What to do if the other party is acting on the docs, pulling assets, selling homes, and you are still preparing your case?
Last week I discussed some of the ways in which Trust and Estate assets can be frozen pending a lawsuit. In my previous post I discussed Liens and restraining orders/injunctions. In this post, volume 2, I have a few more ideas:
1. Petition for Instructions and Blocked Accounts. California Probate Code Section 17200(b)(6)provides a procedure where a beneficiary can ask the Court to instruct a Trustee to do certain things, such as follow the Trust terms. And the Court has a good deal of leeway in fashioning remedies to help protect Trust and Estate assets. One example is the use of Blocked Accounts.
A Blocked Account is just a bank account set up by the Trustee or Executor into which the estate funds are deposited. Once on deposit, the money cannot be withdrawn, transferred, spent, etc. without a Court order authorizing the action. In other words, the account is blocked in the sense that it cannot be accessed without the Court’s approval. As you might imagine, a blocked account is very helpful in terms of freezing liquid (i.e., cash) assets pending a lawsuit. Of course, you need a good reason for the Court to order a blocked account. But where facts are present that Trust assets are being wasted or spent inappropriately, it is a helpful remedy to ensure the funds are not dissipated pending the lawsuit.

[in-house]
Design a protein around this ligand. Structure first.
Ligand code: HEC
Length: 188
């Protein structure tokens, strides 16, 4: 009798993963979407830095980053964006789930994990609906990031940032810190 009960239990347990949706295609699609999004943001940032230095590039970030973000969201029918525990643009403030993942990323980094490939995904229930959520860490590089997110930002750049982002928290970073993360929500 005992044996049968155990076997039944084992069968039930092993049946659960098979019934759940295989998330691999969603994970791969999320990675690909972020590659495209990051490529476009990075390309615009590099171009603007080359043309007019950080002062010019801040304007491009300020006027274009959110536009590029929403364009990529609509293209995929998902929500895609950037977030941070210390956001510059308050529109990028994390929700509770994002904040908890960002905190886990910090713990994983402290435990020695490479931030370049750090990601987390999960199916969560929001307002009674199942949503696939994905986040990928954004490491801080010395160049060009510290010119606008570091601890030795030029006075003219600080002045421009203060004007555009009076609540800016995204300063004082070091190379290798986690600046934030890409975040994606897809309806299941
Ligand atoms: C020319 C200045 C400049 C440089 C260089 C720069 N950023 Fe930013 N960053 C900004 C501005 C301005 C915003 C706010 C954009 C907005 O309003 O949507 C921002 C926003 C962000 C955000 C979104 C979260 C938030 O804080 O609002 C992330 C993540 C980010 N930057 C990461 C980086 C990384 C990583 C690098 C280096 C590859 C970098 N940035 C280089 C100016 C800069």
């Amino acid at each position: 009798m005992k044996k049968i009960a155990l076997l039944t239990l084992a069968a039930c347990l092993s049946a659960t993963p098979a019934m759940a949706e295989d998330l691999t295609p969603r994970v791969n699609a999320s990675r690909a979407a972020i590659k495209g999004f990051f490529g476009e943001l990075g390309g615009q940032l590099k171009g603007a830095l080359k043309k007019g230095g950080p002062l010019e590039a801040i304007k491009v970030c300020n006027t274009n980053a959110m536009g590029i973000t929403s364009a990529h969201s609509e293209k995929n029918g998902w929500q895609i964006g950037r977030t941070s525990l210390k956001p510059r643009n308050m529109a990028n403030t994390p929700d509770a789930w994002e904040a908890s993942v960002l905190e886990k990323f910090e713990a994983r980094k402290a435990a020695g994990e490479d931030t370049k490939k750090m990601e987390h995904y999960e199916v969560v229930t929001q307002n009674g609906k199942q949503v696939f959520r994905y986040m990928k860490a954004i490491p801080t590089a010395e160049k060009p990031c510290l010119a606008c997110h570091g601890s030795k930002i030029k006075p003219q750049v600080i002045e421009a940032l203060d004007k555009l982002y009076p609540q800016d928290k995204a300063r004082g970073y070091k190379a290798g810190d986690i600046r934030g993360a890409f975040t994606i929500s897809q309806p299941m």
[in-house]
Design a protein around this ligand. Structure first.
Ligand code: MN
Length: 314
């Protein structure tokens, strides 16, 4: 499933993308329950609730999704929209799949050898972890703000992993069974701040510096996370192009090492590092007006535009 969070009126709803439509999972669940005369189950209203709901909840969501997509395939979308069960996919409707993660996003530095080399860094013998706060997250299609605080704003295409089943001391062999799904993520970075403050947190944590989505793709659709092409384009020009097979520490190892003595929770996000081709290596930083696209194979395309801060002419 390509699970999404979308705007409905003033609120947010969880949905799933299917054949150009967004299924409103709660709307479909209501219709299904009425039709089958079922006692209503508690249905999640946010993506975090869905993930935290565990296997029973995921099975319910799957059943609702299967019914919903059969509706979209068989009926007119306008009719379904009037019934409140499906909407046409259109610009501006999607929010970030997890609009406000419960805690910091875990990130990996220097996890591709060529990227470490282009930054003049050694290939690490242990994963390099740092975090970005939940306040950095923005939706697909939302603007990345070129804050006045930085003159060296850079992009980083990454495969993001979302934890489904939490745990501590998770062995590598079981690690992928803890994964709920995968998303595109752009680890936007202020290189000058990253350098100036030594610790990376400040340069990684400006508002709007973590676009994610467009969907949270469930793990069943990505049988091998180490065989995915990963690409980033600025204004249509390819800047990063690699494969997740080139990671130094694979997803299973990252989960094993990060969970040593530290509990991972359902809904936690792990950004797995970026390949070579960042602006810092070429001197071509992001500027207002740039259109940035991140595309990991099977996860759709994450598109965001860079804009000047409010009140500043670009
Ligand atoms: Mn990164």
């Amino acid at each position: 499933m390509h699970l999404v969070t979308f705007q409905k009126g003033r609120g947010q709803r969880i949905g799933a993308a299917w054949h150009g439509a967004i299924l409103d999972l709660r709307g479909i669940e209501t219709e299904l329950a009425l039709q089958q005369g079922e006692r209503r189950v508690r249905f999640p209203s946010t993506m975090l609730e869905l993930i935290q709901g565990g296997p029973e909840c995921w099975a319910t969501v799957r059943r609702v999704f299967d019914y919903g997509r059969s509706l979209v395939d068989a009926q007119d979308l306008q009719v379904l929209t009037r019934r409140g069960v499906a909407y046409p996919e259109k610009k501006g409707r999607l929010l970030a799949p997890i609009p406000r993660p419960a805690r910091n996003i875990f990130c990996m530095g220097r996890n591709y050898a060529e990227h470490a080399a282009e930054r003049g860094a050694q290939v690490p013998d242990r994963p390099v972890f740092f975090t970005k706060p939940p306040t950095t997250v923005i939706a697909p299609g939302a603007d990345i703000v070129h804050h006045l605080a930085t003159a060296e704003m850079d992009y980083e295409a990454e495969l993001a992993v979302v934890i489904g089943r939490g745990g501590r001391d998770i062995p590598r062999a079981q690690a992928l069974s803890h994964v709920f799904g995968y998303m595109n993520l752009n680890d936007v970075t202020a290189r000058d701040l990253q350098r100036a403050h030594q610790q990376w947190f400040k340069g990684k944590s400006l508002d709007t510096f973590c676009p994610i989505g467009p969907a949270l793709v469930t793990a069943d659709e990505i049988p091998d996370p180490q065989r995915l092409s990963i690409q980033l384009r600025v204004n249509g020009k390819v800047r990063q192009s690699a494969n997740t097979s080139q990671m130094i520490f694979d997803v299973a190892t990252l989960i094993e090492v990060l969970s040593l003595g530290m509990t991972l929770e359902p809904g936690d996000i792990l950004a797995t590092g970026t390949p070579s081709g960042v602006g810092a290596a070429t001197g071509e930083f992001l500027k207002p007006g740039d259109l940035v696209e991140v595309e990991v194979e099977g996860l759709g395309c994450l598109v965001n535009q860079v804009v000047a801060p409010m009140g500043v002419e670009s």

2. Ex Parte Petition to Suspend Trustee. Many beneficiaries wish to remove the Trustee when the trust administration goes badly. And the probate Court does allow removal for various reasons (see our earlier blog post on Trustee removal). But a removal petition takes time to prosecute because the Court ultimately needs to set if for trial and that can take a while (i.e., one to four years!!). In the meantime, the Trustee is still in office and potentially able to do more damage.
The solution is to seek a suspension of the Trustee. The Court can temporarily suspend a Trustee and appoint a neutral third party to act as Trustee until such time as the Trustee removal petition is heard at trial (See Probate Code Section 15642(e)). The benefit of suspension is that it can occur without a full-blown trial because it is just a temporary measure meant to maintain the Trust in its current position without any further harm. The detriment of suspension is that it’s not always easy to obtain from the Court.
The easiest way to obtain a Trustee suspension is to show that the Trustee is misappropriating funds (see my earlier blog post of this topic). With the right set of facts, a Trustee can be temporarily suspended, which makes the beneficiaries breath a little easier during a lawsuit.
3. Trustee’s Bond. Requesting that a Trustee be bonded is not so much an asset freeze technique, but rather a safeguard against wrongdoing. A bond (called a surety bond) is merely a way in which the wrongful acts of the Trustee can be paid by the bonding company. However, unlike insurance, once a bond pays out, the bonding company has the right to sue the Trustee personally to get its money back.
The benefit of the bond is that it provides a deep pocket from which damages can be paid for any breaches of trust committed by the Trustee. Most Trusts specifically waive bond for a Trustee, but a Court can still requiring a bond if necessary to protect beneficiaries.
The downside of a bond is that you must prove that the Trustee did breach his or her fiduciary duties before the bond is liable to pay anything. So you won’t know if money will be paid on the bond until you go through trial and, hopefully, prevail. And since the bonding company is on the hook if you do prevail at trial, they have the right to have their own attorney at the trial to help defend the Trustee.